What is the difference between a wart, verruca, and papilloma?

Nothing! They are three different words describing the same type of lesion. Their differences merely reside in where you find these lesions. 

Warts are a lumpy, raised growth commonly found on the hands and feet. Sometimes a wart will be called a papilloma because they are caused by the human papillomavirus, and the benign growth has reached the skin’s surface. A wart is commonly referred to as a verruca when it is found on a person’s foot but can also be referred to as a verruca because a common wart’s medical term is Verruca vulgaris.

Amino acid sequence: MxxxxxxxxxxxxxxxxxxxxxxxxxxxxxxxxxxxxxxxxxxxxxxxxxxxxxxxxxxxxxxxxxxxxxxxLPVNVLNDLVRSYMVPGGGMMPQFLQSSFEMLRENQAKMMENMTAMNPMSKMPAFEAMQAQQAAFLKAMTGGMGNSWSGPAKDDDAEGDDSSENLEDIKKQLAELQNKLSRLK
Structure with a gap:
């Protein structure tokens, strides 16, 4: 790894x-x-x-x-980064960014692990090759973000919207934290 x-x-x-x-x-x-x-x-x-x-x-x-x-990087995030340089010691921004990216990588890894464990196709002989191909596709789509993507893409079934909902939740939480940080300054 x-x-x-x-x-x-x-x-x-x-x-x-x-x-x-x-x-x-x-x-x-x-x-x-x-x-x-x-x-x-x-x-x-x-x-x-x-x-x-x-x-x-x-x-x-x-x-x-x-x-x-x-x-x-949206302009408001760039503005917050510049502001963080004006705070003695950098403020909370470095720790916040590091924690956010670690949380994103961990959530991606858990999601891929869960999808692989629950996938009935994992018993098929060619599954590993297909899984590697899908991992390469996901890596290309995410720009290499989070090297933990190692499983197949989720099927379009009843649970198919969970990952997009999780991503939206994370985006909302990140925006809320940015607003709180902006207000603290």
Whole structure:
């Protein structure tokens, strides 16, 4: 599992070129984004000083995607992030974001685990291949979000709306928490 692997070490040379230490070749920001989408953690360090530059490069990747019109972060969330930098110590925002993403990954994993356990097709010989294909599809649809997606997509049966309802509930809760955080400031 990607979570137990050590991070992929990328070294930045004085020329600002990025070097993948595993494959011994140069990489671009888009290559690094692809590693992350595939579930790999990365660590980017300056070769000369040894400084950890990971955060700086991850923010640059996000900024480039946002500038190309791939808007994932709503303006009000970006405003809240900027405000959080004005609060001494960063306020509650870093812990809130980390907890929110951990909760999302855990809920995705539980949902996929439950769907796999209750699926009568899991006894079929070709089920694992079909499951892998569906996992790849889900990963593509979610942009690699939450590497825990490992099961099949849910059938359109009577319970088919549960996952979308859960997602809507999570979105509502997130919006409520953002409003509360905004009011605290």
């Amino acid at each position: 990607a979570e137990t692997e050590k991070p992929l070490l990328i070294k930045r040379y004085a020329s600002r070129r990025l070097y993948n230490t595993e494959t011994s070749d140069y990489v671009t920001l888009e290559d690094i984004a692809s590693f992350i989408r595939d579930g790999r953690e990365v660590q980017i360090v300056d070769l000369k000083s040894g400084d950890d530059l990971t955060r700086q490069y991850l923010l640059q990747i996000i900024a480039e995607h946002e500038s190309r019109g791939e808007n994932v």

General Types of Warts

There are three general  types of warts:

  • Common Wart: A firm, round raised growths that can look very similar to cauliflower. More common on hands and knees.
  • Verruca (plantar wart): also commonly referred to as a verruca. This lesion gets its name from the medical term Verruca plantaris and is typically found on the soles of the feet. Like the common wart, it can have a cauliflower appearance, but because it is on the bottom of the foot, the pressure can cause the capillaries to rupture, creating small black dots.
  • Flat warts: A flat wart is a smooth round growth that is typically yellow in colour. They can appear by themselves or even in a group of hundreds. They are more commonly found on the face, neck, back of hands, and legs.


The Geelong Wart Clinic is Geelong’s only specialty wart clinic. Call 1300 283 063 to book your appointment now.